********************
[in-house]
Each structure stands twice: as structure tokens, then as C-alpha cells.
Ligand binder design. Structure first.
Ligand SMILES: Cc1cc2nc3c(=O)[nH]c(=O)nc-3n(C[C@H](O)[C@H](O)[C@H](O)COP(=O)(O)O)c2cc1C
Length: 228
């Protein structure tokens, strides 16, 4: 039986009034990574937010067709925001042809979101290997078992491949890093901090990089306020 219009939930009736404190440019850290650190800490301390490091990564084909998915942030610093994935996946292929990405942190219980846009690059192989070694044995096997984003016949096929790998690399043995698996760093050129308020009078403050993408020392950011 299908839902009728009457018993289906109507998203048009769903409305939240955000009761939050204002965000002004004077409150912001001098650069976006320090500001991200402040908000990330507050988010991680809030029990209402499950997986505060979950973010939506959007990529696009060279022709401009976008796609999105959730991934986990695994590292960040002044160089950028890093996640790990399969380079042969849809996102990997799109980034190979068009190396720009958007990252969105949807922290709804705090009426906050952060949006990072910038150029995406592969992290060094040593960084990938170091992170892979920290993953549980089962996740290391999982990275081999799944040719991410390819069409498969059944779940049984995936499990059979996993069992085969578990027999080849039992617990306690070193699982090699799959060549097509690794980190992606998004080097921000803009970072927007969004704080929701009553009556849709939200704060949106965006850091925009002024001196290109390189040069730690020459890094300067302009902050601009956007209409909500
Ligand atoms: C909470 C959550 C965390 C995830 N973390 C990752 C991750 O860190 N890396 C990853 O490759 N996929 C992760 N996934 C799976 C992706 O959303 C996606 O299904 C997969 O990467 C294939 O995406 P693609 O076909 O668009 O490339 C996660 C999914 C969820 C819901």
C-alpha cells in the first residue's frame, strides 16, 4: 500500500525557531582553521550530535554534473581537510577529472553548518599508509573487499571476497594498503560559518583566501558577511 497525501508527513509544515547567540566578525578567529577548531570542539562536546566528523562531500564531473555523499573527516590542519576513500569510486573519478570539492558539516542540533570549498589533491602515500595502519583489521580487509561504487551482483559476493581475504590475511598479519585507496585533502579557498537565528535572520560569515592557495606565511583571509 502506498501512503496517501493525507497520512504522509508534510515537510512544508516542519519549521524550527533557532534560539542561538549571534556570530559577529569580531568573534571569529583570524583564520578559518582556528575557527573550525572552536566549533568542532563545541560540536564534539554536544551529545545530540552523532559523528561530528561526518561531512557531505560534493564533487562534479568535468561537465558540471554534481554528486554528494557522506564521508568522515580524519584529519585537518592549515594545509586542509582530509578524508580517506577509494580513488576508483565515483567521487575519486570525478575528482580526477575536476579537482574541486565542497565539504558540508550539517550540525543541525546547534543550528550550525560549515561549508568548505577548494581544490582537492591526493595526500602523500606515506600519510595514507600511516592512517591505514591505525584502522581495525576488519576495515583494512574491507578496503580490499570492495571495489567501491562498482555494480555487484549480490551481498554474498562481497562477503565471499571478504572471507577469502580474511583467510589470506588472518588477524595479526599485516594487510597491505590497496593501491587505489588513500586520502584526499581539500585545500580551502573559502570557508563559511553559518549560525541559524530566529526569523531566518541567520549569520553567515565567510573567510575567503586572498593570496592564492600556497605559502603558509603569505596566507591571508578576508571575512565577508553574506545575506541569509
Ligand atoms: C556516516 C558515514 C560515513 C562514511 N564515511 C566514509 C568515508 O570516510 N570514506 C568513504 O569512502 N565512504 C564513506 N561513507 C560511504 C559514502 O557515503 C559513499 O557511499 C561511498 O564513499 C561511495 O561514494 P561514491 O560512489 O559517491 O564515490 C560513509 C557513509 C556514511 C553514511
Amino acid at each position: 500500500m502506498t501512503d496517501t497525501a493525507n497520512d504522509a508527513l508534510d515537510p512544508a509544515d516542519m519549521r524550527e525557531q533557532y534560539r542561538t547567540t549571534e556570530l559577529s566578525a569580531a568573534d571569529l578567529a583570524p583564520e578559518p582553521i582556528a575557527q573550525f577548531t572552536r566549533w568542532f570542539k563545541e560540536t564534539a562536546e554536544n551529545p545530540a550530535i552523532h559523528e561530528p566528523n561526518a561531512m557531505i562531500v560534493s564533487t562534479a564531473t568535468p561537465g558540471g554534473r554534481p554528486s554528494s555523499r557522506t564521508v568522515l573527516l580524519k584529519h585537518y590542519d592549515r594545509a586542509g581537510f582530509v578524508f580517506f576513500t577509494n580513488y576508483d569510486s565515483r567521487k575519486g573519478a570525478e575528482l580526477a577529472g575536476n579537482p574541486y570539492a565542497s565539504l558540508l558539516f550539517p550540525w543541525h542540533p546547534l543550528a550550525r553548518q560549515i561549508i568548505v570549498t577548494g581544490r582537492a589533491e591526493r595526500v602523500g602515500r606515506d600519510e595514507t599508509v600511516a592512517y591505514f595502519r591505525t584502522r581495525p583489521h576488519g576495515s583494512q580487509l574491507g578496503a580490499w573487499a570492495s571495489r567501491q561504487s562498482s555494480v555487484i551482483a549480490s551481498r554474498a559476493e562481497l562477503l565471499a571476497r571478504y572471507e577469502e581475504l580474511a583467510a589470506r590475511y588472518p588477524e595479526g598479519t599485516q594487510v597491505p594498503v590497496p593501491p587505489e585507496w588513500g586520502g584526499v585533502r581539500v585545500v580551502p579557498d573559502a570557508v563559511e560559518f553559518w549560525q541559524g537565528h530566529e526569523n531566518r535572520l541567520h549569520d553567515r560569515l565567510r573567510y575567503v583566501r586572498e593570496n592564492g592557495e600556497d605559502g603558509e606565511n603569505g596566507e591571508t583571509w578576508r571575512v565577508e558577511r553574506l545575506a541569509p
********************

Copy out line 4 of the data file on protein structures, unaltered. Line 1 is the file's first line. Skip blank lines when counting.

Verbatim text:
Ligand SMILES: Cc1cc2nc3c(=O)[nH]c(=O)nc-3n(C[C@H](O)[C@H](O)[C@H](O)COP(=O)(O)O)c2cc1C